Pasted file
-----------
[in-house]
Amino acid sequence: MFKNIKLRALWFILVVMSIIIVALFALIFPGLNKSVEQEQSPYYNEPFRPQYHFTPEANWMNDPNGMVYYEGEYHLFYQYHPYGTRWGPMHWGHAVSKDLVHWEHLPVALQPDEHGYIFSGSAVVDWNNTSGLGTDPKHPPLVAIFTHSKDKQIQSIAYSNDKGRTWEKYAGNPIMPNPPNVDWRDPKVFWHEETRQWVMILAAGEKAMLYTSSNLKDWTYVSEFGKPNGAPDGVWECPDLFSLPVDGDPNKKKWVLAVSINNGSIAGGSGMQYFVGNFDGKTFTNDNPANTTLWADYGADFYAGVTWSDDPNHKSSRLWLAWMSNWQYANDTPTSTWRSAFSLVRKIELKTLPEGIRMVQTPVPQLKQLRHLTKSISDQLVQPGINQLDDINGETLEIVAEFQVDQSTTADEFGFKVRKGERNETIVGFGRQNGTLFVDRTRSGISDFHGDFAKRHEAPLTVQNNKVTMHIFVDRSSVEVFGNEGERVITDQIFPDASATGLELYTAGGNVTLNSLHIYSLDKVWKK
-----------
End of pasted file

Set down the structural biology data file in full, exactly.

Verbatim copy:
[in-house]
Amino acid sequence: MFKNIKLRALWFILVVMSIIIVALFALIFPGLNKSVEQEQSPYYNEPFRPQYHFTPEANWMNDPNGMVYYEGEYHLFYQYHPYGTRWGPMHWGHAVSKDLVHWEHLPVALQPDEHGYIFSGSAVVDWNNTSGLGTDPKHPPLVAIFTHSKDKQIQSIAYSNDKGRTWEKYAGNPIMPNPPNVDWRDPKVFWHEETRQWVMILAAGEKAMLYTSSNLKDWTYVSEFGKPNGAPDGVWECPDLFSLPVDGDPNKKKWVLAVSINNGSIAGGSGMQYFVGNFDGKTFTNDNPANTTLWADYGADFYAGVTWSDDPNHKSSRLWLAWMSNWQYANDTPTSTWRSAFSLVRKIELKTLPEGIRMVQTPVPQLKQLRHLTKSISDQLVQPGINQLDDINGETLEIVAEFQVDQSTTADEFGFKVRKGERNETIVGFGRQNGTLFVDRTRSGISDFHGDFAKRHEAPLTVQNNKVTMHIFVDRSSVEVFGNEGERVITDQIFPDASATGLELYTAGGNVTLNSLHIYSLDKVWKK